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2008 • A Room of Ones Own (1929) • androgynous mind • androgynous space • boys-only ethos • British academia • casual gamesCelia Pearce • concepts of space • contested spaces • cultural practices • dangerous spaces • digital game spaces • digital playgrounddigital spacedolls house • domestic spaces • emotional space • enchanted worlds • female games • female players • female-friendly spaces • feminine conceptions of space • feminine game spaces • feminine voiceFibreculture Journal • game design as cultural practice • game mechanic • game spaces • games industrygames research • gender-biased practices • gendered spaces • gendered technology • gendered voices • gendering game space • Jacquelyn Ford Morie • male authors • male constructions of play • male constructions of space • MMOG • narrative spaces • nuanced forms of play • Oxbridge • pink games • play patterns • play spaces • poetics of digital space • procedural space • real games • regendered play space • regendering game space • secret places • social spacesThe Sims (2000) • Tracy Fullerton • video games industryVirginia Woolfvirtual spacesWilliam Shakespeare • women and games

CONTRIBUTOR

Simon Perkins
26 NOVEMBER 2014

Never Alone: Could a Video Game Help to Preserve Inuit Culture?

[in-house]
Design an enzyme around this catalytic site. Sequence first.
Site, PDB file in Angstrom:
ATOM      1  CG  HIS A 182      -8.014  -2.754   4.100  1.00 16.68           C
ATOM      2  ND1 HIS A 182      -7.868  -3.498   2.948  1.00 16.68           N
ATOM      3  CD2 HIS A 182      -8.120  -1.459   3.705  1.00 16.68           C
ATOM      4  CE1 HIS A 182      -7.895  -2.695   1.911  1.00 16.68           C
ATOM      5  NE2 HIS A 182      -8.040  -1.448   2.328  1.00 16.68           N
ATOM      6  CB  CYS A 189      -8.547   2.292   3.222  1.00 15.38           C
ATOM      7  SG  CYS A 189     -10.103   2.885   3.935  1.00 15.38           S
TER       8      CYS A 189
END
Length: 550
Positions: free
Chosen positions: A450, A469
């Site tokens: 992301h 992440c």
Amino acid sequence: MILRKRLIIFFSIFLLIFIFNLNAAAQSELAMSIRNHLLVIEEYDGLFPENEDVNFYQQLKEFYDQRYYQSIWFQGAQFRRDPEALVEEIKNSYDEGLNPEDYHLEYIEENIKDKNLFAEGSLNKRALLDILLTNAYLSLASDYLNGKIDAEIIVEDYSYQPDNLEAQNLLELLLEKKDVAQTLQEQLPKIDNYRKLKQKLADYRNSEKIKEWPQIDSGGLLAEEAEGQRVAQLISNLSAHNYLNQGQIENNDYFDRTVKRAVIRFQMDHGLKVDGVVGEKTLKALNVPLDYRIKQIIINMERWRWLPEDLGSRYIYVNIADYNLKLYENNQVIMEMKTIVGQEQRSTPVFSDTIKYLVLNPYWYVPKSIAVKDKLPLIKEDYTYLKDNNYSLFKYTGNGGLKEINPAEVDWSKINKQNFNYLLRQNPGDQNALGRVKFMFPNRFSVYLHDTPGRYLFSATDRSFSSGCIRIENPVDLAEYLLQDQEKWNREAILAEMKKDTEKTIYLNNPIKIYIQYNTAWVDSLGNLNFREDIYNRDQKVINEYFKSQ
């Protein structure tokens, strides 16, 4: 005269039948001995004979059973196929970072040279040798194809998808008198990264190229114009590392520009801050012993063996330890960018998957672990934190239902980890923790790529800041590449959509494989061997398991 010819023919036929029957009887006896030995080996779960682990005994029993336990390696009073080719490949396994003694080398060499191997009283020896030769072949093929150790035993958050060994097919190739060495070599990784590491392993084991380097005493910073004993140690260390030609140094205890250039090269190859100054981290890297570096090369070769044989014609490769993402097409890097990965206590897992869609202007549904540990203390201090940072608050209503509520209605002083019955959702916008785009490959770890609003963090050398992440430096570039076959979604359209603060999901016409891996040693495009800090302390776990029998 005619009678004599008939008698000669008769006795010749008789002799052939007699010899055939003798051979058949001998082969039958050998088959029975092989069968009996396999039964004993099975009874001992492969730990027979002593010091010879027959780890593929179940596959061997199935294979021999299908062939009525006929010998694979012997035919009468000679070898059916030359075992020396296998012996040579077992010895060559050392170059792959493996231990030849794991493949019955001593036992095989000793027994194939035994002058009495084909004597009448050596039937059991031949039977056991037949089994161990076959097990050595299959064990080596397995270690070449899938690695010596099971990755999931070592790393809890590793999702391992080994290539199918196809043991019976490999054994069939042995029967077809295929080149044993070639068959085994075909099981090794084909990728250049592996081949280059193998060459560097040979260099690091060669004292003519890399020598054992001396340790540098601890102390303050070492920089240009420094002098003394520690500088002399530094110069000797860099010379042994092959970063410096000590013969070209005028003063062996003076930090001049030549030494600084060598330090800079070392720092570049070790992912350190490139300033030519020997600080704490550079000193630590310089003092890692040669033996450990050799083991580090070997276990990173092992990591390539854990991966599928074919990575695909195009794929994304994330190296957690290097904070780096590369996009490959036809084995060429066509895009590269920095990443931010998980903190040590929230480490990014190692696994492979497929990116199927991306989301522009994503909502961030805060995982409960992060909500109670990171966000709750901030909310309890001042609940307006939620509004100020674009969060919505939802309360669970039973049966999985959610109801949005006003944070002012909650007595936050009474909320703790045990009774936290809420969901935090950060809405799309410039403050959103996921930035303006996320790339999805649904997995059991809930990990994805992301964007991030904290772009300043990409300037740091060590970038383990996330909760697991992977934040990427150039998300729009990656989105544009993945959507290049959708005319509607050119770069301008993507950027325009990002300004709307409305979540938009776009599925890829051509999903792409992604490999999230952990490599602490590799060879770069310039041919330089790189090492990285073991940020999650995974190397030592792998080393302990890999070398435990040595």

"'Kunuuksaayuka,' an Iñupiaq tale that was recounted by the late Iñupiaq storyteller Robert Nasruk Cleveland. In its traditional incarnation, the tale recounts the adventures of a boy – the product of a nomadic society – who goes on a quest to save his community from an apocalyptic blizzard. After securing the consent of Cleveland’s daughter, Minnie Aliitchask Gray, the development team in conjunction with representatives from the Iñupiat community reworked the story until they settled on a script that would become the basis for 'Never Alone.' (The game’s Iñupiaq sub-title, 'Kisima Ingitchuna,' translates to 'I am Not Alone.')".

(Simon Parkin, 17 November 2014, The New Yorker)

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2014adventure gameAlaskaAlaska Native peoplearctic circle • arctic fox • atmospheric presence • aurora borealis • backstory • Black River People • blizzard • call on spirits • coldcompanion charactercontemporary interpretation • Cook Inlet Tribal Council (CITC) • cultural heritage • cultural insights • cultural myths • cultural traditions • cultural translation • digital storytelling • E-Line Media • endless blizzard • engaged learning • environment as antagonistfemale protagonist • folkloric fantasy characters • folktale • foxindie gamesIndigenous peopleinteractive playInuit • Inupiaq • Kisima Ingitchuna (video game) • Kunuuksaayuka • magical bola • Minnie Gray • native tribes • Never Alone (video game) • nomadic cultures • nomadic people • Nuna (character) • oral traditionpuzzle platformer • Robert Nasruk Cleveland • Sean Vesce • spiritsSteamsurvival storyThe New Yorker • traditional art • treacherous landscape • Upper One Games • video gamevideo games and Indigenous peoplewind

CONTRIBUTOR

Simon Perkins